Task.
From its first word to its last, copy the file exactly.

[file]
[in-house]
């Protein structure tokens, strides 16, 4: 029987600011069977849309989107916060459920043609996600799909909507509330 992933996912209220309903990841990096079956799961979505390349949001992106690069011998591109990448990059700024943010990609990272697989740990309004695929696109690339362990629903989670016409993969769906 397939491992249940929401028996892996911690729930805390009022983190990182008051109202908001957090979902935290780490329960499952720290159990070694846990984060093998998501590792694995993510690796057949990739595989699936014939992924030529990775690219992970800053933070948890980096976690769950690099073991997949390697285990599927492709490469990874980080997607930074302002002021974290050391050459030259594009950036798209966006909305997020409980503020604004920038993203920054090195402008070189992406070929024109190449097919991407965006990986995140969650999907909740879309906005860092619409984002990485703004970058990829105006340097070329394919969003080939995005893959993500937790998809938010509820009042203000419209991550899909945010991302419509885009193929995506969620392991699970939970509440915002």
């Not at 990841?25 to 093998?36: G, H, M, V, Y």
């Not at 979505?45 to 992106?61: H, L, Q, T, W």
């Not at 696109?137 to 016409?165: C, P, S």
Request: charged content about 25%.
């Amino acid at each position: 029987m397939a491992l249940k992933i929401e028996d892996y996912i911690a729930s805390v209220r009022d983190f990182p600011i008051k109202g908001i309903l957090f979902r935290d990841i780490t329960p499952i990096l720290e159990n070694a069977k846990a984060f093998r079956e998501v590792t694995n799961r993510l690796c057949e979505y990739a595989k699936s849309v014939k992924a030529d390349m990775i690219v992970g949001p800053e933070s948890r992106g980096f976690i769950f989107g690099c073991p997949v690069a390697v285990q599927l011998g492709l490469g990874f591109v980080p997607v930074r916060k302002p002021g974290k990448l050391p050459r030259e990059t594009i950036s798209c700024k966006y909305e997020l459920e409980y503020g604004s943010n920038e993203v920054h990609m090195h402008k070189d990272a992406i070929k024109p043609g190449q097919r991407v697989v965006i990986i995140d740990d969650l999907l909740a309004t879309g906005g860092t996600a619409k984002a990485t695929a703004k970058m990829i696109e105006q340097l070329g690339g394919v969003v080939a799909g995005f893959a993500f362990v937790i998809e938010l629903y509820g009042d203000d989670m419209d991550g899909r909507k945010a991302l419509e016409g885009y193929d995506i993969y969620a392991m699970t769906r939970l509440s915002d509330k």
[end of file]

[in-house]
């Protein structure tokens, strides 16, 4: 029987600011069977849309989107916060459920043609996600799909909507509330 992933996912209220309903990841990096079956799961979505390349949001992106690069011998591109990448990059700024943010990609990272697989740990309004695929696109690339362990629903989670016409993969769906 397939491992249940929401028996892996911690729930805390009022983190990182008051109202908001957090979902935290780490329960499952720290159990070694846990984060093998998501590792694995993510690796057949990739595989699936014939992924030529990775690219992970800053933070948890980096976690769950690099073991997949390697285990599927492709490469990874980080997607930074302002002021974290050391050459030259594009950036798209966006909305997020409980503020604004920038993203920054090195402008070189992406070929024109190449097919991407965006990986995140969650999907909740879309906005860092619409984002990485703004970058990829105006340097070329394919969003080939995005893959993500937790998809938010509820009042203000419209991550899909945010991302419509885009193929995506969620392991699970939970509440915002």
């Not at 990841?25 to 093998?36: G, H, M, V, Y």
């Not at 979505?45 to 992106?61: H, L, Q, T, W």
């Not at 696109?137 to 016409?165: C, P, S």
Request: charged content about 25%.
């Amino acid at each position: 029987m397939a491992l249940k992933i929401e028996d892996y996912i911690a729930s805390v209220r009022d983190f990182p600011i008051k109202g908001i309903l957090f979902r935290d990841i780490t329960p499952i990096l720290e159990n070694a069977k846990a984060f093998r079956e998501v590792t694995n799961r993510l690796c057949e979505y990739a595989k699936s849309v014939k992924a030529d390349m990775i690219v992970g949001p800053e933070s948890r992106g980096f976690i769950f989107g690099c073991p997949v690069a390697v285990q599927l011998g492709l490469g990874f591109v980080p997607v930074r916060k302002p002021g974290k990448l050391p050459r030259e990059t594009i950036s798209c700024k966006y909305e997020l459920e409980y503020g604004s943010n920038e993203v920054h990609m090195h402008k070189d990272a992406i070929k024109p043609g190449q097919r991407v697989v965006i990986i995140d740990d969650l999907l909740a309004t879309g906005g860092t996600a619409k984002a990485t695929a703004k970058m990829i696109e105006q340097l070329g690339g394919v969003v080939a799909g995005f893959a993500f362990v937790i998809e938010l629903y509820g009042d203000d989670m419209d991550g899909r909507k945010a991302l419509e016409g885009y193929d995506i993969y969620a392991m699970t769906r939970l509440s915002d509330k």